With incubators, accelerators, new granting schemes and crowdfunding platforms popping up everywhere, the possibilities to fund your startup are becoming endless. Yet the funds available are still limited, most of the individuals and companies that have the means to invest still regard seed stage startup investments as too risky, accompanied by disadvantages due to the complexity and dilution of shares of the Series A and subsequent investment rounds.
Depending on the characteristics of your startup, some or all of these possibilities can be suitable to you. Now that strategic investors are slowly opening up to startup investments, it is possible for a few to skip the VC rounds and sell to a corporate (with pros and cons to consider). Whichever choice you make on your funding strategy, it will be a lot of work and be prepared to be focused on it for a few months – without forgetting to run your startup. Finding a business angel is the essential step for many seed stage startups before the company is ready to enter the market, as well as being the step where most startups get stuck. Being an active business angel can be a full-time profession, so it’s also up to you to make it easier and beneficial for angels to invest in your project: be very clear about your strategy, what kind of sector experience (if any) you’re looking for in a business angel and value any cooperation offered that can bring your company further. Many angels may want to take an active role in your company and a board seat, especially if they are investing a significant sum.
It’s a good idea to contact your country’s business angel network and send a pitch deck or business plan of good quality. If they have someone among their members with the skills set you’re looking for, they can forward your material or you may get invited to present at private events. If you don’t hear back for a few weeks, kindly ask for feedback about your project. You can look into EBAN, the European trade association for business angels, seed funds and early-stage market players, gathering over 150 member organizations in more than 50 countries. You can submit your proposal on the site or find many useful links to your local business angels associations.
You can also create a profile and submit your project to one of these selected platforms that are very often used by business angels, VCs and other startup investors in Europe:
- F6S is an upcoming and fast-growing platform that mainly allows startups to apply to a variety of accelerator programmes, as well as a few business angel groups, investment funds, contests and events.
- GAN, or Global Accelerator Network, is also focused on providing startups with an easy way to apply for accelerators, and provides access to mentors.
- Gust is a global SaaS funding platform for the sourcing and management of early-stage investments. It is a great tool to use to get in contact with investors on a global scale, particularly if you want to introduce yourself to local business angels associations as well as managing your post-investment investor relations.
- Angel Investment Network has numerous country websites and allows startups to submit a proposal and fundraise with the angel investors registered.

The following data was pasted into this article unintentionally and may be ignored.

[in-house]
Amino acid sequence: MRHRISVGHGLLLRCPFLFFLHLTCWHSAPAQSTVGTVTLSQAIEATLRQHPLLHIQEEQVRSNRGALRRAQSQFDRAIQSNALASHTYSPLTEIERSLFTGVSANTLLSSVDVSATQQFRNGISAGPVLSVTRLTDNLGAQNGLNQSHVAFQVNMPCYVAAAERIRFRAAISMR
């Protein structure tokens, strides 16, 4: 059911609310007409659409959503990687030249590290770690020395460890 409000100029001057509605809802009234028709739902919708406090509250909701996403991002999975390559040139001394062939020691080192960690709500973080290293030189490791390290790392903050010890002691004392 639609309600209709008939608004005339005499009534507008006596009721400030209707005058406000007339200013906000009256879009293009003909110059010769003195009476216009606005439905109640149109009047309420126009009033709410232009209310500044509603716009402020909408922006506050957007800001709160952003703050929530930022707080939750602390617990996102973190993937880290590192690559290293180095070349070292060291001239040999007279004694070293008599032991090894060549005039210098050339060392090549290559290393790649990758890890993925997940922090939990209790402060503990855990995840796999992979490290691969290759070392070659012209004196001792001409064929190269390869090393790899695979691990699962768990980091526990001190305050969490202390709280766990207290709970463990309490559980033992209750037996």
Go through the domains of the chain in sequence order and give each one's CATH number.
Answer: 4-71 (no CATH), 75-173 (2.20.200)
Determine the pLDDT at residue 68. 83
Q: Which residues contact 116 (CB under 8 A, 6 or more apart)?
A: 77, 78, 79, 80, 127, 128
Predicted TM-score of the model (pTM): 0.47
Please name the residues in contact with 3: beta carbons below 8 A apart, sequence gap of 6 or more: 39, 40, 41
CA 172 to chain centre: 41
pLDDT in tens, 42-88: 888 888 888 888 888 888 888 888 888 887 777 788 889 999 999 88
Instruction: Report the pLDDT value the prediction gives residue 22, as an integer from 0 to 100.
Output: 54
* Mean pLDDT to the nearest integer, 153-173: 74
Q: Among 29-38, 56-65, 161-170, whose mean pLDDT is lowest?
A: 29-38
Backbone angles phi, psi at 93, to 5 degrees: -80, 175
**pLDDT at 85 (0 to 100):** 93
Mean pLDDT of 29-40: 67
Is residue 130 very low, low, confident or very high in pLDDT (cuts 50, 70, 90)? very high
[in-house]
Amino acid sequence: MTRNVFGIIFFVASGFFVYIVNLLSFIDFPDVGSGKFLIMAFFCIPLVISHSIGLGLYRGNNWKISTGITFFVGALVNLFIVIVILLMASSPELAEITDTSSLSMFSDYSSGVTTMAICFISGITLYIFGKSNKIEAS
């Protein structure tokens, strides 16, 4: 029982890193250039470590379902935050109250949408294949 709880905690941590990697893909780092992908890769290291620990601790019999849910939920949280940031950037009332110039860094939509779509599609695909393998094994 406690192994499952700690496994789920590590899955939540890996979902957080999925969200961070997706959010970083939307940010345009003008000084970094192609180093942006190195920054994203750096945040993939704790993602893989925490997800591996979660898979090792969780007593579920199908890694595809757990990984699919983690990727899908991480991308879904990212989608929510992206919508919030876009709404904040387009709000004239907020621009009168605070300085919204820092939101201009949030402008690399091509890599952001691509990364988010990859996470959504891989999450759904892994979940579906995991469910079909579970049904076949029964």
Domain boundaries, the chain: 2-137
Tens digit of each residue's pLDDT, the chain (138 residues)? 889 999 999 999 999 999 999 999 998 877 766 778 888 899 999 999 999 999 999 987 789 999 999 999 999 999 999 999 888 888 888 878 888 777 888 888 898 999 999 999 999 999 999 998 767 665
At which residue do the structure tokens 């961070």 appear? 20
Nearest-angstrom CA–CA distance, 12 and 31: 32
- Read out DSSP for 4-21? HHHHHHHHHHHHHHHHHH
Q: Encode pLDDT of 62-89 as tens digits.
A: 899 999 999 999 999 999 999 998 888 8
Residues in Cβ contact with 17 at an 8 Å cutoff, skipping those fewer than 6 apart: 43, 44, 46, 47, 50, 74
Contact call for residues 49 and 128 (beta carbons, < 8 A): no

- AngelList is a popular platform where startups can be vetted by a syndicate before being able to join the very active business angels community. Many investments seem to concentrate on the ‘hot deals’.
- INNEON is a platform for EU eco-innovation and sustainability startups. You will need to submit an application form and if your project is accepted, you will be offered coaching, resources and access to relevant business angels through matchmaking events and a dedicated matchmaking platform.
- SEP or Startup Europe Partnership is a platform dedicated to late stage startups to connect to corporates, also offering networking and learning opportunities to scale-up and find potential acquirors.
- Go Beyond is a platform founded by Brigitte Baumman, EBAN Business Angel of the Year 2015, in Switzerland. After a screening process, your startup can be invited to pitch in front of a group of investors. The network encourages collaboration and resource-sharing among business angels, as well as the tools to identify risky investment.
- DealMarket allows you to create a profile not only for startups but also for a variety of different types of investments. Interested investors will be able to contact you through the platform.
- Investiere is a closely managed platform for European companies, owned by Verve Capital Partners in Switzerland. Any startup can create a profile and feature on the companies’ list, but only a handful of companies that pass the set criteria (no seed stage companies, investment over CHF500k) will be featured as investment proposal.
Managing your profile effectively and communication with potential investors on these platforms can be a time-consuming daily activity, so I’d recommend hiring someone part-time to manage these activities. Choose one platform or two that are most suitable to your stage. Combine this with targeted offline networking events and if a potential investor shows interest, try to arrange a personal meeting and keep your leads updated on your progress. Many may express an interest but may only invest once you achieve significant milestones and build a customer base. Start working on this at least 6 months before you really need an investment – preferably even earlier, most investment decisions take much longer than that.
Featured image: Swarm, 2006 by Tom Molloy (Rubicon Gallery, Dublin)